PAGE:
Cousin Will Harcus, son (or husband?) of Jean Ramsey daughter of Mary Welch Ramsey lived in Everett in a rather less palatial house.



A South Dakota neighbor, Will Jackman, also had a pleasant house nearby.



The Sam Strachan’s appear to have kept up their relationships with the homestead neighbors as much as they did with their genetic diasphora. Which are stronger: bonds of blood or bonds of shared experiences? Best is when the two are entwined. Which draws people closer together, hardship or good fortune? Hard to tell. Maybe hardship.

Having taken a good look at the Pacific Northwest, the travelers swung down to Purcell, Oklahoma, where Sam’s mother and her sisters and Sam’s sister Jeannie (1877-1957) -- a second wife to the widowed Harmon Archer (1869 - 1942) -- were living. Sam’s mother, Catherine Welsh Strachan (b.1852), was buried there in 1918 and Sam had taken his father Archibald’s body (b. 1850) to her side in 1926. Matt Robertson (1880 -1967), a cousin who is in this photo and who referred to Archibald as “Uncle Archie,” had a story about Uncle Archie’s small brother, whose leg had to be amputated for some reason. After a while, when the boy had recovered somewhat, he asked when his new leg would begin to grow back. An optimist, that boy! I have no idea what his first name was or what eventually happened to him.

Matt, who was a lawyer and probably could have been a writer, said that on the Welsh side the family was descended from John Knox, the great Scotch reformer, through his second wife. Matt said he was of the 11th generation but couldn’t prove it. Also, he claimed as ancestors King Robert the Bruce of Scotland and William Wallace, the Scots hero of the 12th Century. Jane Welsh, wife of Thomas Carlyle, and Jane Welsh, wife of Alexander Hamilton, were also claimed. There is a long story about John Brown Gillis and his children, which I won’t include here.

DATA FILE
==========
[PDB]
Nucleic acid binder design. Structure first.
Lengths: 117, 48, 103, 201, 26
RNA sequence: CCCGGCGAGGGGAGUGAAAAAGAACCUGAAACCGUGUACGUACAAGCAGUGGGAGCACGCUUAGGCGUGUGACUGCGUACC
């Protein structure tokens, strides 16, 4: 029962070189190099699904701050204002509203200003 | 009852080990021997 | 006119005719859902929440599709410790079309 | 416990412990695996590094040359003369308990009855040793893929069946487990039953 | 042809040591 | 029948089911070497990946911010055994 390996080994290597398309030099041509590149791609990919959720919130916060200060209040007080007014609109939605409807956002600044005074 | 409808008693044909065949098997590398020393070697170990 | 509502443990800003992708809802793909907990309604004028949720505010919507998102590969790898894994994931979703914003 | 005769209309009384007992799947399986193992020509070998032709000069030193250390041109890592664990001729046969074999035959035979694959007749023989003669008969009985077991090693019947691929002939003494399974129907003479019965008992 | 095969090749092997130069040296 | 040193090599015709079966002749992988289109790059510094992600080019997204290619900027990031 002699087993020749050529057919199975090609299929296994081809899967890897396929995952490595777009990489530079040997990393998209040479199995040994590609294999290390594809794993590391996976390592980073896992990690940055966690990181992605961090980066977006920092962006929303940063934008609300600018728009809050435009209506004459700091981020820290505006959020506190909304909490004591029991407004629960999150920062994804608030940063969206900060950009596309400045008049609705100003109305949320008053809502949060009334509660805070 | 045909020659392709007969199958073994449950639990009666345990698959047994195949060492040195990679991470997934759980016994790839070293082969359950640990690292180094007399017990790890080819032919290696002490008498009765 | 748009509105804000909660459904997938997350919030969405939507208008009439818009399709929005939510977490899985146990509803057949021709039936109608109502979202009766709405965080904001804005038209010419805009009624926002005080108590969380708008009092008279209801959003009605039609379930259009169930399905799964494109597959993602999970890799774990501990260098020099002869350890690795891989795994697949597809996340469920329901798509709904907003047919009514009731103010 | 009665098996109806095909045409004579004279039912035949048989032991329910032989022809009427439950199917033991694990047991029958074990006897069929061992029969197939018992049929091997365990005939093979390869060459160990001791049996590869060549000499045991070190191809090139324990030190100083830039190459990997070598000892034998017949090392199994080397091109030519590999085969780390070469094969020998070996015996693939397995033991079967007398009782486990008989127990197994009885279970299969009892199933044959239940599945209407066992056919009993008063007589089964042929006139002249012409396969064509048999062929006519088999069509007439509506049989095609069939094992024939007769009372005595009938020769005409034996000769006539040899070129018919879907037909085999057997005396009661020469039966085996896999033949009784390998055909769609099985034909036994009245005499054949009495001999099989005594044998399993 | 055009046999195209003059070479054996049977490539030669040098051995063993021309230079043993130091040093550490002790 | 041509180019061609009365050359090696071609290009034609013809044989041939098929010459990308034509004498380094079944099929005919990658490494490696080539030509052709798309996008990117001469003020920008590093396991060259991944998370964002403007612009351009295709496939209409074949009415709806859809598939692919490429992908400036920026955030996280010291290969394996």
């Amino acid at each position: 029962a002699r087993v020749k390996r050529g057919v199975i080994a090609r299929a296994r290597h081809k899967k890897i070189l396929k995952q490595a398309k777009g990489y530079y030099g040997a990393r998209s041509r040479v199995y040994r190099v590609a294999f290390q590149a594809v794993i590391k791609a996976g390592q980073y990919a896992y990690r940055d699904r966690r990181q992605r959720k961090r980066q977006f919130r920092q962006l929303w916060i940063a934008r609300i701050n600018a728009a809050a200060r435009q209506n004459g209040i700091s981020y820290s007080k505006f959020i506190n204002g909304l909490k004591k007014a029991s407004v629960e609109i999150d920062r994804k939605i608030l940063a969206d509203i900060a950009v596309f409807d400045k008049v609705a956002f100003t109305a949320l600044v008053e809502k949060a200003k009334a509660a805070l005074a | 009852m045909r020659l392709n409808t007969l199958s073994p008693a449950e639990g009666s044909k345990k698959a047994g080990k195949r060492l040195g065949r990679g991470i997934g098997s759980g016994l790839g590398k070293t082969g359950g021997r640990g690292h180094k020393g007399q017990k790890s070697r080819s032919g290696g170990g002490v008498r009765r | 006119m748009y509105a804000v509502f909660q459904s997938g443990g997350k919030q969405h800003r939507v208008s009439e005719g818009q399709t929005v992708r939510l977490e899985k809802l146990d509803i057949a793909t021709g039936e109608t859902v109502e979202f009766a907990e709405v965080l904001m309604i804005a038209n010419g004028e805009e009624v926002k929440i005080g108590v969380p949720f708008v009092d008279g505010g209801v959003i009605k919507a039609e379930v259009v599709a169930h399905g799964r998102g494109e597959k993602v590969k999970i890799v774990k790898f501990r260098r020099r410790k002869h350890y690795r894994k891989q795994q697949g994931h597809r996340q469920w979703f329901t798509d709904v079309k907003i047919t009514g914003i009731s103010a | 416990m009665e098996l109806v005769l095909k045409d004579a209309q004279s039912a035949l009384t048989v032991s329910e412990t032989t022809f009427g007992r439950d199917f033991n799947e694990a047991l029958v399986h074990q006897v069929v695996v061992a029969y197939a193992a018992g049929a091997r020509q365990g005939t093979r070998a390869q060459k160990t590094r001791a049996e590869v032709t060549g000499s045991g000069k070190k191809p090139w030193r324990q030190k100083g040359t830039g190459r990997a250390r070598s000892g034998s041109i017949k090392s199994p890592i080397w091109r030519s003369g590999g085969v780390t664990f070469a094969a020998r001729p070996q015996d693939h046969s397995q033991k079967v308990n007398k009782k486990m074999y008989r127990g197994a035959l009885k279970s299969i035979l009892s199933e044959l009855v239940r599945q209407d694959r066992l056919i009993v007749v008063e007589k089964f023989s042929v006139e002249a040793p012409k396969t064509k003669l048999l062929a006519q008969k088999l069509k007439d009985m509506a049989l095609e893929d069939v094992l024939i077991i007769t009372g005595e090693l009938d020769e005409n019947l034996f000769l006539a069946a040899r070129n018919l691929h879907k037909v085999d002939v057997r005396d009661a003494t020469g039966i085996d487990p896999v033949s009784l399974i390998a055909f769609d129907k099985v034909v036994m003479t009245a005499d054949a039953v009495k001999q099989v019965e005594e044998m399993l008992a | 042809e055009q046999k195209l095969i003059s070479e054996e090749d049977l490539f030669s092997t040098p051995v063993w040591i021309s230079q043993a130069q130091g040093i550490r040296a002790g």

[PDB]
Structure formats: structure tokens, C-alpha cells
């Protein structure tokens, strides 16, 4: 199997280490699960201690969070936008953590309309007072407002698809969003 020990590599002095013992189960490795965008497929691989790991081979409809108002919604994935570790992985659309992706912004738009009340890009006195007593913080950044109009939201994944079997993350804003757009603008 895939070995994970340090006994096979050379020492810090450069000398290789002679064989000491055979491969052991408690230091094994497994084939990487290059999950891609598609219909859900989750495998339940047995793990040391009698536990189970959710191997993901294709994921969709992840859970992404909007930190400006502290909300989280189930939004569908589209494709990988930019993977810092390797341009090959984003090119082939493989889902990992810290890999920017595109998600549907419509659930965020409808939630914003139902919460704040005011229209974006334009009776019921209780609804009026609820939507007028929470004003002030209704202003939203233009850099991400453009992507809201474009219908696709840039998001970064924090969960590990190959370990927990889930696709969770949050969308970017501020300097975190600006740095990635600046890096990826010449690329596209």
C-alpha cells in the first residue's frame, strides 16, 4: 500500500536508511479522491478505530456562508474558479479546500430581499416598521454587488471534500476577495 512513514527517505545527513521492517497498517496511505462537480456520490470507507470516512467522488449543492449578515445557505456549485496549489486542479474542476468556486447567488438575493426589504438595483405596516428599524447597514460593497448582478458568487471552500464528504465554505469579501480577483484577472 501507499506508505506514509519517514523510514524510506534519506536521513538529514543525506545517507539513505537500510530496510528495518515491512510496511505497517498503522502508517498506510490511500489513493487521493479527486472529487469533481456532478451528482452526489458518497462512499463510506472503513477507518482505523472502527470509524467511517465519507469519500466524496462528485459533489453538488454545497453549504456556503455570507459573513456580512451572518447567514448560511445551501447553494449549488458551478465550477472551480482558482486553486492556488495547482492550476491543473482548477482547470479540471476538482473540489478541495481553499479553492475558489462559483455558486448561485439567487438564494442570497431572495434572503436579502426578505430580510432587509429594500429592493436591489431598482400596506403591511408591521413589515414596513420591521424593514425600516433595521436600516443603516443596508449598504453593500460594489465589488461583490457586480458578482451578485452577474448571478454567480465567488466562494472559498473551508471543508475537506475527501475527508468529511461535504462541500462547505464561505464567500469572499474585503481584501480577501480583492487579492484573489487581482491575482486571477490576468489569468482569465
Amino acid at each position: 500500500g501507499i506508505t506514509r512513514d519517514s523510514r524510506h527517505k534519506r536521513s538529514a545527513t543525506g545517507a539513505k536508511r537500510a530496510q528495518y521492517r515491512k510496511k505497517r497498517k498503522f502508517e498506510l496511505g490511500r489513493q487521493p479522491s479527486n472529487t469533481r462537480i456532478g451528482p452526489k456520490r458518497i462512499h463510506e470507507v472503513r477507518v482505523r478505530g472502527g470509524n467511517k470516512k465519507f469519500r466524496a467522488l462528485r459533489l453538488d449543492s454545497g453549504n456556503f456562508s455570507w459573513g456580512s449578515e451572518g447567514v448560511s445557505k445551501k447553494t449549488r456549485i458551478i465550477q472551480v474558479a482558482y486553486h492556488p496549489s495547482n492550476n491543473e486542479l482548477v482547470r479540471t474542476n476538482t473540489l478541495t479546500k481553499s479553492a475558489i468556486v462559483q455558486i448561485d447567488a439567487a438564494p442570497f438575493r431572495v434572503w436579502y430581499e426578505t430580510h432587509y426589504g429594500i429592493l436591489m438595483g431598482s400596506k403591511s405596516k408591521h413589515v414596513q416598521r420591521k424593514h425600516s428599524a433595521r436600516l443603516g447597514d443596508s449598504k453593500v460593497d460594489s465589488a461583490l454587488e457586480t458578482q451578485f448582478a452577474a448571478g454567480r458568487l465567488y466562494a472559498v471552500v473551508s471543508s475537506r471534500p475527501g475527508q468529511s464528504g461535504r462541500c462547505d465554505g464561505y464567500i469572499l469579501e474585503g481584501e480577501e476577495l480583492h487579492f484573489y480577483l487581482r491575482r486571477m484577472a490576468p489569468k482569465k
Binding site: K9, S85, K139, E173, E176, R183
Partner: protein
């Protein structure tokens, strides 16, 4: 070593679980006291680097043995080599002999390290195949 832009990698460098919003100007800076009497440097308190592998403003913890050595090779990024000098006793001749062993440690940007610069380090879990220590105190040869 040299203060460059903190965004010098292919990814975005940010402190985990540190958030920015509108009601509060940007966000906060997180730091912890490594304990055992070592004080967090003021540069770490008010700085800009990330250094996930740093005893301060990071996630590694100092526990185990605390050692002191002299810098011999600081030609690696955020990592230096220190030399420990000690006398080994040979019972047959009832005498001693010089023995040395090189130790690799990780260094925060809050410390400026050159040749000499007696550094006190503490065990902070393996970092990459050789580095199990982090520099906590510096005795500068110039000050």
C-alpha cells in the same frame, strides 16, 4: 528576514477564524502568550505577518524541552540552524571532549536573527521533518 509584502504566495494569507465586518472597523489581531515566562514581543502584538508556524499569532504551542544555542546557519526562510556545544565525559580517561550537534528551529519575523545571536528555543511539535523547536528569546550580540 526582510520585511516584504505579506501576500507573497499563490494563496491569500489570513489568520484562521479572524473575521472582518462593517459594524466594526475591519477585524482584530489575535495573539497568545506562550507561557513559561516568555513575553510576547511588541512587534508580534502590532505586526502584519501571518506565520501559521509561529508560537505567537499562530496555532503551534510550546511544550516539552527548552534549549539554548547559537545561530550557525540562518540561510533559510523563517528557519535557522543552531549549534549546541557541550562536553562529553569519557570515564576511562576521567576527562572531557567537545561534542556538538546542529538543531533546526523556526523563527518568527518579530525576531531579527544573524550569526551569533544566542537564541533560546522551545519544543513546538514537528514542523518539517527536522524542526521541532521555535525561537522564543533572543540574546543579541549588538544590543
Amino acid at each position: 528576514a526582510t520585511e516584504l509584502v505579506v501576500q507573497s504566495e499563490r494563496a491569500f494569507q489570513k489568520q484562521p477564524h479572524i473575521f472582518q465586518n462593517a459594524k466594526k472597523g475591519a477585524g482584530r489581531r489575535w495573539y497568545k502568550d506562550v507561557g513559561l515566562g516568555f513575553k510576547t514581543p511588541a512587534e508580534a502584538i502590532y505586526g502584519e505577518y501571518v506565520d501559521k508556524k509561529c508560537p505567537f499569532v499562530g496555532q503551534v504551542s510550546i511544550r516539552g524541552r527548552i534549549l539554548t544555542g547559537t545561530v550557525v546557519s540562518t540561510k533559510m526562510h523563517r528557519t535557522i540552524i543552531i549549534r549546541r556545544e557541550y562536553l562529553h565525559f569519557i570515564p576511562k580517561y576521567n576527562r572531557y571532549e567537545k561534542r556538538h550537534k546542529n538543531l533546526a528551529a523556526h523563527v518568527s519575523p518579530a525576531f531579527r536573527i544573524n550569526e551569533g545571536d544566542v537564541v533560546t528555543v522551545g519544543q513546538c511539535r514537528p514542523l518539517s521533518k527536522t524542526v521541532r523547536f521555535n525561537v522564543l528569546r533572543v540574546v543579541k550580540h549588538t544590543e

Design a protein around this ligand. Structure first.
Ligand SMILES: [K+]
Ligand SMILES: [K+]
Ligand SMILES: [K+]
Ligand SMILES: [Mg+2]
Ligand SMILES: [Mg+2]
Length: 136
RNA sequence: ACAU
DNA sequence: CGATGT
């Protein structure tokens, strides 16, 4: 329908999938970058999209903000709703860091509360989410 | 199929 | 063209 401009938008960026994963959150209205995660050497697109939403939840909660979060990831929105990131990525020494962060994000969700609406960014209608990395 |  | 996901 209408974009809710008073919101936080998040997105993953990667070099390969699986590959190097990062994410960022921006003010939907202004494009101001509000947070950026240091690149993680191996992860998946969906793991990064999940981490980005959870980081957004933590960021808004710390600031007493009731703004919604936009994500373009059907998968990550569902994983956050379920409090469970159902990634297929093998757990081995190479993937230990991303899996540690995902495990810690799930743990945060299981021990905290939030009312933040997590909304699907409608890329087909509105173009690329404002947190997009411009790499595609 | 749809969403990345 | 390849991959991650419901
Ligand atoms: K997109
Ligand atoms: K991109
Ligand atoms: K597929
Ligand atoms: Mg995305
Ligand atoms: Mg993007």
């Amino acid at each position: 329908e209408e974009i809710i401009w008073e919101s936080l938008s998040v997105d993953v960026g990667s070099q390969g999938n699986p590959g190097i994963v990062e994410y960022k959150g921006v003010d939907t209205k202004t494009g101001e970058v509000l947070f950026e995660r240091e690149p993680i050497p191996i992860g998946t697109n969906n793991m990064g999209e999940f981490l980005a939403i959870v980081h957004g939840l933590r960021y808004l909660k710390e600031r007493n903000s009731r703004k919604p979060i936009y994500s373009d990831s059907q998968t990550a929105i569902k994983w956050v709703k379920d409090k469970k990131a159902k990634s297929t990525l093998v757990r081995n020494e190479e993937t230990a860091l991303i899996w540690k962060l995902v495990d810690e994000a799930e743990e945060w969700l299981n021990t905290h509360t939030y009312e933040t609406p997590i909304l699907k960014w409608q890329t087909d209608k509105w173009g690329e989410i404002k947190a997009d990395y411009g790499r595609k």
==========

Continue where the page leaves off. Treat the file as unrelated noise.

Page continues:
Harmon Archer’s house is also quite romantic, with gingerbread on the eaves, a square tower with a not-quite spire, and unique windows. The family often spoke of the “round window.” Note the amenity of the screen porch at the rear. The front porch, concrete, is rather Greek with its curves and columns. I believe Jeannie Archer lived here all her life after marrying in 1907, so that means she was in residence for fifty years. Her sister Jessie stayed in South Dakota -- quite a different life.



Beulah and Sam returned to the far north, encouraged by the success of others and with renewed confidence that there was still time to succeed themselves. They would make several other swings around the continent, to Ottawa, New England, and to Alberta. Even a visit back to South Dakota. They had escaped John Knox and his dour Scots devotion to duty.

1 comment:

Anonymous said...

Having lived in a home-made "RV", and having lived in Oklahoma, I can relate to some of the passages in this tale. I believe that the Greco-style round columns were commonly installed on porches built in the late 1890s/early 1900s. My great-grandparents's retirement home (in the "city"--about 10,000 people) sported them, too. Interesting tale that you've been stringing together and it's nice that you have the photos to go with it!